The largest Protestant church in Africa grabbed the world’s attention when it publically denounced homosexuality and said people who support gay rights were not welcome in the church—and neither was their money.
The Evangelical Lutheran Church in Tanzania (ELCT) posted a notice on its Web site entitled: Church rejects homosexuality.
"Those in same sex marriages, and those who support the legitimacy of such marriage, shall not be invited to work in the ELCT,” a press release states. “We further reject their influence in any form, as well as their money and their support."
In addition the fastest-growing church in Africa with 5.3 million members said it “supports all those around the world who oppose churches that have taken the decision to legalize same-sex marriage.”
This loud warning was seen as a prelude to split from its main financial partner, the Evangelical Lutheran Church in America (ELCA), which now supports gay rights.
But those strong statements have toned down considerably since the head of the ELCT recently conferred with ELCA officials here.
“I hope there will be time to discuss it and see what we can do,” said Presiding Bishop Alex Malasusa in an exclusive interview from Tanzania. “We have been with ELCA for a long time, so we hope there will be room for discussion.”
In April there was no apparent room for discussion. The declarations from Tanzania were loud and clear. Now, asked directly if he will lead the ELCT out of ELCA he is not certain.
“Well I can’t say that,” Malasusa said. “As I say, I can’t really commit to anything.”
Last summer at their national convention in Minneapolis, the ELCA committed to supporting gay rights, when it narrowly voted to ordain practicing gay and lesbian ministers who are in a “committed relationship.”
The unexpected decision on August 21 threw traditional Lutherans into a state of shock and started an exodus from the largest American Lutheran body with 4.6 million members.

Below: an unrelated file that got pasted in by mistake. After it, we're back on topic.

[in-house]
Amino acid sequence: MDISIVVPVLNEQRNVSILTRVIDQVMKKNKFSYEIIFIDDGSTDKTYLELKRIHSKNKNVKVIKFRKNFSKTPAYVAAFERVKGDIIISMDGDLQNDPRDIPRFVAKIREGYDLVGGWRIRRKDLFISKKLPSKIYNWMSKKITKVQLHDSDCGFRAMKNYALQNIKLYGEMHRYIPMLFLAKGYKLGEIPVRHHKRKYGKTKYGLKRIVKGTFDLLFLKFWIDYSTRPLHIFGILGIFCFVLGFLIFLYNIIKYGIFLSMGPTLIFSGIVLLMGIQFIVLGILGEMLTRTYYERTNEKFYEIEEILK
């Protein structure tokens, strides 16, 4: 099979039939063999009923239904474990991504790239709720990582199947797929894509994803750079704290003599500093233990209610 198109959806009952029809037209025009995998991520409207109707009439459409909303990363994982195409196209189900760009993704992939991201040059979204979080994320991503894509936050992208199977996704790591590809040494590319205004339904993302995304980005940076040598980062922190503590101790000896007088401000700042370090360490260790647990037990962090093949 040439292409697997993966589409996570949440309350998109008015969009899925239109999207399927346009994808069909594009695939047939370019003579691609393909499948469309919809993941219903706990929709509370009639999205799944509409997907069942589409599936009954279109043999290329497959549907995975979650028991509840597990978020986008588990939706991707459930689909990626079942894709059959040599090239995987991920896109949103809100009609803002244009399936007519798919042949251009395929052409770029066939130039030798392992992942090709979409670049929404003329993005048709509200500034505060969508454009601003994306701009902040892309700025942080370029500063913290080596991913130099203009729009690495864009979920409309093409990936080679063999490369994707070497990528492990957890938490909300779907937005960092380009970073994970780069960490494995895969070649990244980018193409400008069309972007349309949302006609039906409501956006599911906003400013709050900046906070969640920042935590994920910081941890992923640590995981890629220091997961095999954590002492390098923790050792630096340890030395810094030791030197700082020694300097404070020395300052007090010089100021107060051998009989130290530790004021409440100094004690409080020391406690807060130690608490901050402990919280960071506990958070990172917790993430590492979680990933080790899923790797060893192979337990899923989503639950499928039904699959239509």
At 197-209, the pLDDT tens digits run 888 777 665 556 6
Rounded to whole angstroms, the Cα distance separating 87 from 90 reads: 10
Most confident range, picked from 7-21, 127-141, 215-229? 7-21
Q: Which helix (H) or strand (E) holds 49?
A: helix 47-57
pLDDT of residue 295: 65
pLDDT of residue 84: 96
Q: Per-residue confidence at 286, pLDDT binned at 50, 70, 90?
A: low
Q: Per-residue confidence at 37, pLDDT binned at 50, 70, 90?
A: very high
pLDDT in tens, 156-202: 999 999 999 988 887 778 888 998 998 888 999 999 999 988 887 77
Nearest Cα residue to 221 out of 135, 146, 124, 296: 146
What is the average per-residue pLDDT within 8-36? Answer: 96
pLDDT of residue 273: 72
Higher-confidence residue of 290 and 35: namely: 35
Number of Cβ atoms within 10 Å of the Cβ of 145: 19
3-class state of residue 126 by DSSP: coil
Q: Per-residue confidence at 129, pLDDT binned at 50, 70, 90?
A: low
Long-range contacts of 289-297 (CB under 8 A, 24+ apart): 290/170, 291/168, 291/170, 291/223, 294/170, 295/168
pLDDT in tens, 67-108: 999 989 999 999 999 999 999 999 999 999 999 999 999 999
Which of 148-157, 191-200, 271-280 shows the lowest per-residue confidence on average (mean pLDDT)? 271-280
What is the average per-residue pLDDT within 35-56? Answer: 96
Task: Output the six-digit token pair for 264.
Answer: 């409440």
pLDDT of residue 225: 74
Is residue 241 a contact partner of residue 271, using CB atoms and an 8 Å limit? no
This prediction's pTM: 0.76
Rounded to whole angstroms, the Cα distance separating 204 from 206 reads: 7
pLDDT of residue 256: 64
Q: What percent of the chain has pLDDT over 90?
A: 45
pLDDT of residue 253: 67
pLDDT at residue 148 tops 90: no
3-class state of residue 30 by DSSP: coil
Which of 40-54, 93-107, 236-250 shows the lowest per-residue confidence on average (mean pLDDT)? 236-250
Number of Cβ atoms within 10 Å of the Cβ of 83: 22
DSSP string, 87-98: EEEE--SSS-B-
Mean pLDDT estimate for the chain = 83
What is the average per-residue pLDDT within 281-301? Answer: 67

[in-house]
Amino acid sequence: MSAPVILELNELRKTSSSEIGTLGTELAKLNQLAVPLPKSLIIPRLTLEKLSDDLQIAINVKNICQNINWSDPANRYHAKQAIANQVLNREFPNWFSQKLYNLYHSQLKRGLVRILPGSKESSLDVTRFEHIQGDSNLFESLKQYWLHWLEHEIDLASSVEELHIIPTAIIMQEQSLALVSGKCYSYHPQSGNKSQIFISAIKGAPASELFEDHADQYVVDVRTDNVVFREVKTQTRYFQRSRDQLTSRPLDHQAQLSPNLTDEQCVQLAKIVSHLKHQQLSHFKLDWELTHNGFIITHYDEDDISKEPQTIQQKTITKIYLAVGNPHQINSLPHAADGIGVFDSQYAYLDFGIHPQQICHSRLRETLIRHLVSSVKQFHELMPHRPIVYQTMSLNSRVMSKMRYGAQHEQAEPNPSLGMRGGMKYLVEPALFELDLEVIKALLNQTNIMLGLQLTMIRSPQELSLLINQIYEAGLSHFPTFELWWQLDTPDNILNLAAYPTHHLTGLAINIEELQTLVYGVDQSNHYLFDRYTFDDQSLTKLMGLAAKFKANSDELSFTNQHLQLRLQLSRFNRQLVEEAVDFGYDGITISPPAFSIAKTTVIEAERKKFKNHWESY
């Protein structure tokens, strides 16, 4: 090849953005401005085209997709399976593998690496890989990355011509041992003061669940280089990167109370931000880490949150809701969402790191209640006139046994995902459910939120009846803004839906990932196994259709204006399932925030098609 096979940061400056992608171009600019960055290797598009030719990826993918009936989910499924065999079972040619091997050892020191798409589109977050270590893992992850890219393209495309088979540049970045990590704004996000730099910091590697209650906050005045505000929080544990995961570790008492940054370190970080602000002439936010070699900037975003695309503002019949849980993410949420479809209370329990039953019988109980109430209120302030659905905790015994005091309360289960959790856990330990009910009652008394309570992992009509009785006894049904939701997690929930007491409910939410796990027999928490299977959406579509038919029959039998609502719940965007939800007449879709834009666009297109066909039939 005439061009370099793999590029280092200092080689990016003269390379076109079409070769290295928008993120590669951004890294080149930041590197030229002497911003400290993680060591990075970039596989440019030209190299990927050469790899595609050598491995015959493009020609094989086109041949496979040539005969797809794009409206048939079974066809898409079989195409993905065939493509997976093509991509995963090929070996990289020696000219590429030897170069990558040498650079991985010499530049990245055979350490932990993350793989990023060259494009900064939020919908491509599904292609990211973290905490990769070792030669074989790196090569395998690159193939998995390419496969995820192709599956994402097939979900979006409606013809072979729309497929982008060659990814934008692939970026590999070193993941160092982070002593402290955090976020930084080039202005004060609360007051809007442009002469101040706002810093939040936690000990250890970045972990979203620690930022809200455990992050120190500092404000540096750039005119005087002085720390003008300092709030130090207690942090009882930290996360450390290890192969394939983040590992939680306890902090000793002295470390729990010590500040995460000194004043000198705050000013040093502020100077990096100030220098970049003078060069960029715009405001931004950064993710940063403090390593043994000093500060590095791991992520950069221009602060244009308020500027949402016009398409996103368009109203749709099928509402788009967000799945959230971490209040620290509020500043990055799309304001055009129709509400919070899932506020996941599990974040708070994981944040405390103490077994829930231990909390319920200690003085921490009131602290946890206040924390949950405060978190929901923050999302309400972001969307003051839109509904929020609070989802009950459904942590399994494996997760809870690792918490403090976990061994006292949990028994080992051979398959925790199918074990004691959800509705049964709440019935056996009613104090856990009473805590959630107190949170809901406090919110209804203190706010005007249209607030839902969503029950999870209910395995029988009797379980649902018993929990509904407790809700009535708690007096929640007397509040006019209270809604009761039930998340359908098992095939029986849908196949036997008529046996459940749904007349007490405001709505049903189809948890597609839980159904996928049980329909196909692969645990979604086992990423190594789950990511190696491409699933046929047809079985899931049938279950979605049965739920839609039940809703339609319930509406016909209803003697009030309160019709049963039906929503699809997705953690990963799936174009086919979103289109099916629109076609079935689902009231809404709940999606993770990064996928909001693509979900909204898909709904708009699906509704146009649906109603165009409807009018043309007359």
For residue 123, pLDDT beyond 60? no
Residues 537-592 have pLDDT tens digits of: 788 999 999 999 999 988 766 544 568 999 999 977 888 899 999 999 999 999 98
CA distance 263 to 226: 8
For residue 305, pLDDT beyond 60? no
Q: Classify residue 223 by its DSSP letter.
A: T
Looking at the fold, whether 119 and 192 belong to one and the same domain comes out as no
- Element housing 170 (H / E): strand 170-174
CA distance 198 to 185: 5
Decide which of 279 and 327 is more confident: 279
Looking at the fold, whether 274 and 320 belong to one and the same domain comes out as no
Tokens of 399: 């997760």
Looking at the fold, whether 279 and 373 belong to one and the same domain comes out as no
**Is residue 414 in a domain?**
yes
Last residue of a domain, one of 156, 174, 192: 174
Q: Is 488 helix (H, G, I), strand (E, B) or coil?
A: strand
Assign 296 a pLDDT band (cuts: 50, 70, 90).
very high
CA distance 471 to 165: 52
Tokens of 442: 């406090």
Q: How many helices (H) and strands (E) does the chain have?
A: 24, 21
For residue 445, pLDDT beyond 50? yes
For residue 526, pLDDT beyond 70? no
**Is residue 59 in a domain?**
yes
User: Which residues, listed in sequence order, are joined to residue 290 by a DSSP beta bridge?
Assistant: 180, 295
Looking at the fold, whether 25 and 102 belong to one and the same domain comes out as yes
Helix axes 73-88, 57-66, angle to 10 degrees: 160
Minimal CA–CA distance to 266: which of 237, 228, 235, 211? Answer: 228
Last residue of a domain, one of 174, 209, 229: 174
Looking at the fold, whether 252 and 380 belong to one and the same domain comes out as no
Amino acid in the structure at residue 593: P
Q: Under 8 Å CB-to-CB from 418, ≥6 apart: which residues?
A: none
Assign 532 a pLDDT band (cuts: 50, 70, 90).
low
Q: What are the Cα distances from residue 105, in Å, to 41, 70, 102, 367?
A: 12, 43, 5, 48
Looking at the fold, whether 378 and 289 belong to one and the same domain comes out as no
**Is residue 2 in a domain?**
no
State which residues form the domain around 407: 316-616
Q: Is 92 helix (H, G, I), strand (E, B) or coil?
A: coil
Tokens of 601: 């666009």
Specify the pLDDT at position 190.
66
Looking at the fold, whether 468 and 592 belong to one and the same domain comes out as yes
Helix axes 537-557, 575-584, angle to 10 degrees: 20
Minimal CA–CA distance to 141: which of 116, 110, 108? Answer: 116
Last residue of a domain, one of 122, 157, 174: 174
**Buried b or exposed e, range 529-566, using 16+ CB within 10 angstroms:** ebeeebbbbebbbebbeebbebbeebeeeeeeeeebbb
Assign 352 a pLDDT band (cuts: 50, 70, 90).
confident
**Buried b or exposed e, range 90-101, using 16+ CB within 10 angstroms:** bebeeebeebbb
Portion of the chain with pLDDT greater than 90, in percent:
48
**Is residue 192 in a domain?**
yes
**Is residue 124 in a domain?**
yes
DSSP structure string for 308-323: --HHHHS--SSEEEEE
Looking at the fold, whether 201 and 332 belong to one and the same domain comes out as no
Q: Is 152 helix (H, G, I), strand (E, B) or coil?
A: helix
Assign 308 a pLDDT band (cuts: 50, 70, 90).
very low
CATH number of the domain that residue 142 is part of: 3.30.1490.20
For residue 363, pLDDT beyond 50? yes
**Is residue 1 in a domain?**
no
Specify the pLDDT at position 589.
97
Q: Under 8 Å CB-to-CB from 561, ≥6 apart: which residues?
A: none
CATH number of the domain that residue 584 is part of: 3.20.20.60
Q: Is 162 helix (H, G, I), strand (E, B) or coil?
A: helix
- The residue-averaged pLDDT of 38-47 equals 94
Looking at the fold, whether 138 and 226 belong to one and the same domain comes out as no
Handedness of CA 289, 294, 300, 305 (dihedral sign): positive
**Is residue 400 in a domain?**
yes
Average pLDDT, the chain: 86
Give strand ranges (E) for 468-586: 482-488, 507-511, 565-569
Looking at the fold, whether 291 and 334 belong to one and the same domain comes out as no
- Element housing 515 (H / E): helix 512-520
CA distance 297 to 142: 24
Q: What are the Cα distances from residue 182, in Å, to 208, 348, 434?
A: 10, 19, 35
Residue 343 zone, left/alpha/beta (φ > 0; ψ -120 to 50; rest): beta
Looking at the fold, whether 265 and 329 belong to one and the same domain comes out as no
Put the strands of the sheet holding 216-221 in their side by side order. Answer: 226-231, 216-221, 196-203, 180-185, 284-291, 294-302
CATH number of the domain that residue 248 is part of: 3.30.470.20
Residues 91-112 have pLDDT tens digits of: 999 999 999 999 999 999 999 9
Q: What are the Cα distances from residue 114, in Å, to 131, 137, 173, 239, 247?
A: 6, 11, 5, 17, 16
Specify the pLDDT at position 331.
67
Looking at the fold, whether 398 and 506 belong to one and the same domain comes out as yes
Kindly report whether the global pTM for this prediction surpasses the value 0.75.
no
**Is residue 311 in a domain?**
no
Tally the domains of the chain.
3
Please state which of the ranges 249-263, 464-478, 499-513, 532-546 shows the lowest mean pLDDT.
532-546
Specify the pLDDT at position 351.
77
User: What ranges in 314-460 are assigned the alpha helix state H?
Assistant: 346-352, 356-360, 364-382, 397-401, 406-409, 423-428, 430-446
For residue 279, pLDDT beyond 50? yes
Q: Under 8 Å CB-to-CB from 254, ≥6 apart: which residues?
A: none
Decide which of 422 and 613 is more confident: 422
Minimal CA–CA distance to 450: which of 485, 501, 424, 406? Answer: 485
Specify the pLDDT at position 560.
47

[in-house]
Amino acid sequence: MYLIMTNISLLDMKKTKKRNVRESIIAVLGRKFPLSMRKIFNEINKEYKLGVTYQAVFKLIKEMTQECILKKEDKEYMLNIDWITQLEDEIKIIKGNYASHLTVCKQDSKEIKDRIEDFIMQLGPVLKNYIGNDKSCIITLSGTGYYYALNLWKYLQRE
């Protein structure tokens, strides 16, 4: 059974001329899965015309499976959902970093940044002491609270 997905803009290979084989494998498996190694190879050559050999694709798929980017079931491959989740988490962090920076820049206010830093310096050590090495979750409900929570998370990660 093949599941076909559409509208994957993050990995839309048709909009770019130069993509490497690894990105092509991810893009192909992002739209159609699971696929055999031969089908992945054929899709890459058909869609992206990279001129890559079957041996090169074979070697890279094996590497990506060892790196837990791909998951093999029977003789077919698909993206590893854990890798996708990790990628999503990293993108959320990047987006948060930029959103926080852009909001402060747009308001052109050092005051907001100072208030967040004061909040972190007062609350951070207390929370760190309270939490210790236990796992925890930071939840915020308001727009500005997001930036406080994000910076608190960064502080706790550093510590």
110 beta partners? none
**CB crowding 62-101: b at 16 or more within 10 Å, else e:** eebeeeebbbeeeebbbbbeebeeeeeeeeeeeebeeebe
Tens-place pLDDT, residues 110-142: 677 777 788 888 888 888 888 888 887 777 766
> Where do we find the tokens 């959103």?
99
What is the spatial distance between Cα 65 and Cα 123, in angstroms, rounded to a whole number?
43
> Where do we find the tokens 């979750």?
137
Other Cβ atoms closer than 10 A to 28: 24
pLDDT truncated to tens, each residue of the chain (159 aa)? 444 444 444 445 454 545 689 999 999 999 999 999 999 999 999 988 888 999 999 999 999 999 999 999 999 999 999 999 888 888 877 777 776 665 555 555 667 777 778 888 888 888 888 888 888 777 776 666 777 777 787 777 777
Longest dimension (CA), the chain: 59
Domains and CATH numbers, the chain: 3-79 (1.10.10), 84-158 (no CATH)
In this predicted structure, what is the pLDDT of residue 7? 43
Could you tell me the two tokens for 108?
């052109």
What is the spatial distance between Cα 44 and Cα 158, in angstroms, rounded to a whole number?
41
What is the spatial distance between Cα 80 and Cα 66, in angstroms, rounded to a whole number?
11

Many traditional-minded Lutherans in the US have left the ELCA and support others around the world who follow a traditional reading of the Bible.
“I fully applaud their decision (ELCT) to follow what God’s word says,” said Lois Carlson, of Grantsburg, Wis., who was born to medical missionaries in Tanzania, is the wife of a retired Lutheran pastor and has left the ELCA over the controversial issue. “Their stand is certainly based on Scripture.”
The head of the ELCT once expressed support of this US exodus in his last Easter sermon. He said gay-rights advocates had gone astray from the Bible, and it was up to Africa to get them back on the straight and narrow.
“It's time Africa preached to the rest of the world, and remind them of God's word,” Malasusa is quoted saying in The Citizen newspaper in Tanzania.
And the bishop warned this scriptural mission will have a cost.
“We should be independent so that they don’t use their money and wealth to threaten us…we should leave them with their money and stick to the word of God,” he said.
But Malasusa is now walking back his unequivocal stance since his trip to America, where he openly visited ELCA synods and then met with church officials in Chicago behind closed doors.
Church officials characterized the meetings as “confidential” and declined to shed any light on them.
"We believe that concerns are best worked out through church-to-church relationships rather than through public statements," ELCA Presiding Bishop Mark Hanson is quoted by the ELCA News Service.